Saint Therese of Lisieux also lived through a sudden and deadly pandemic in 1891-1892. In 2020, what can we learn from how she responded?
In every Discalced Carmelite monastery the senior members of the community are silent mentors to the youth on a daily basis. The Archives of the Carmel of Lisieux talk about “the good old sisters”. There were four senior nuns in the community who were a bit like grandmothers; they were a cherished, precious font of knowledge and wisdom to one and all.
In the Carmel of Lisieux at the close of 1891, the four senior nuns were:
- Mother Geneviève of Saint Teresa, the foundress
- Sister Saint-Joseph of Jesus, the first postulant
- Sister Fébronie of the Holy Childhood, the subprioress
- Sister Madeleine (Magdalene) of the Blessed Sacrament, the oldest lay sister
Saint Thérèse mentions the passing of Mother Geneviève and the great trial of the influenza pandemic in Manuscript A of her Story of a Soul, beginning on folio 78 verso and continuing from there. Saint Thérèse is blunt when she describes the scene:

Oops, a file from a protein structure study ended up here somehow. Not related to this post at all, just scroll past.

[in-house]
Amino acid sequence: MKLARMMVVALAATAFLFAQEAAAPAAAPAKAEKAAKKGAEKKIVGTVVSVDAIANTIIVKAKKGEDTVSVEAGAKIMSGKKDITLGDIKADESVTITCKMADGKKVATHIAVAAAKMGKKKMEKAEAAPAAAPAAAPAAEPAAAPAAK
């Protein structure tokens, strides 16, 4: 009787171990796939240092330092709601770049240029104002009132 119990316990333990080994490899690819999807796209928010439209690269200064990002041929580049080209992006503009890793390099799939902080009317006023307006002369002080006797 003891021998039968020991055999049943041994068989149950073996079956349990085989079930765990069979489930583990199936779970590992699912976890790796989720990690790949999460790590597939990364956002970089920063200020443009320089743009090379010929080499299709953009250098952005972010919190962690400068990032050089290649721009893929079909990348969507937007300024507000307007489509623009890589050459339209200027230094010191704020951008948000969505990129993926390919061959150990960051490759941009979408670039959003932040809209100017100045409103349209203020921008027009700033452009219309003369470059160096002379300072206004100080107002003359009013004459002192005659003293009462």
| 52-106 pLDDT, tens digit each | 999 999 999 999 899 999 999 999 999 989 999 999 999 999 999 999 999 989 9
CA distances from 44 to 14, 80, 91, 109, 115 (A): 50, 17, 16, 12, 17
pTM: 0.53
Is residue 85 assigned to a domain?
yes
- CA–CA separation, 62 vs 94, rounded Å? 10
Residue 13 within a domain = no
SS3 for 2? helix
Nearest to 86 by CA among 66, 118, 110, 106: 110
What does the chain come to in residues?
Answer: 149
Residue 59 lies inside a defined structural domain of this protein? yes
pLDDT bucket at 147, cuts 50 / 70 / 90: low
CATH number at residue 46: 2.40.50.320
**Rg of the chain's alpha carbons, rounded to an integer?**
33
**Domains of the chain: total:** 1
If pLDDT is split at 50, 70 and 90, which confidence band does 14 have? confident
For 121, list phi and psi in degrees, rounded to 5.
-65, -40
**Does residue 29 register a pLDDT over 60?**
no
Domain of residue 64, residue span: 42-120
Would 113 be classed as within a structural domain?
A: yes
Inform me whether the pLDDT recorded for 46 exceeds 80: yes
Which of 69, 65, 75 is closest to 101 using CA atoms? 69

“My nineteenth birthday was celebrated with a death, and this was soon followed by two other deaths.” #StThereseofLisieuxTweet
We turn to historian, blogger, and St. Thérèse and Martin family expert Maureen O’Riordan to provide us with the details of the lives and deaths of Sisters Saint-Joseph, Fébronie, and Madeleine that occurred in January 1892.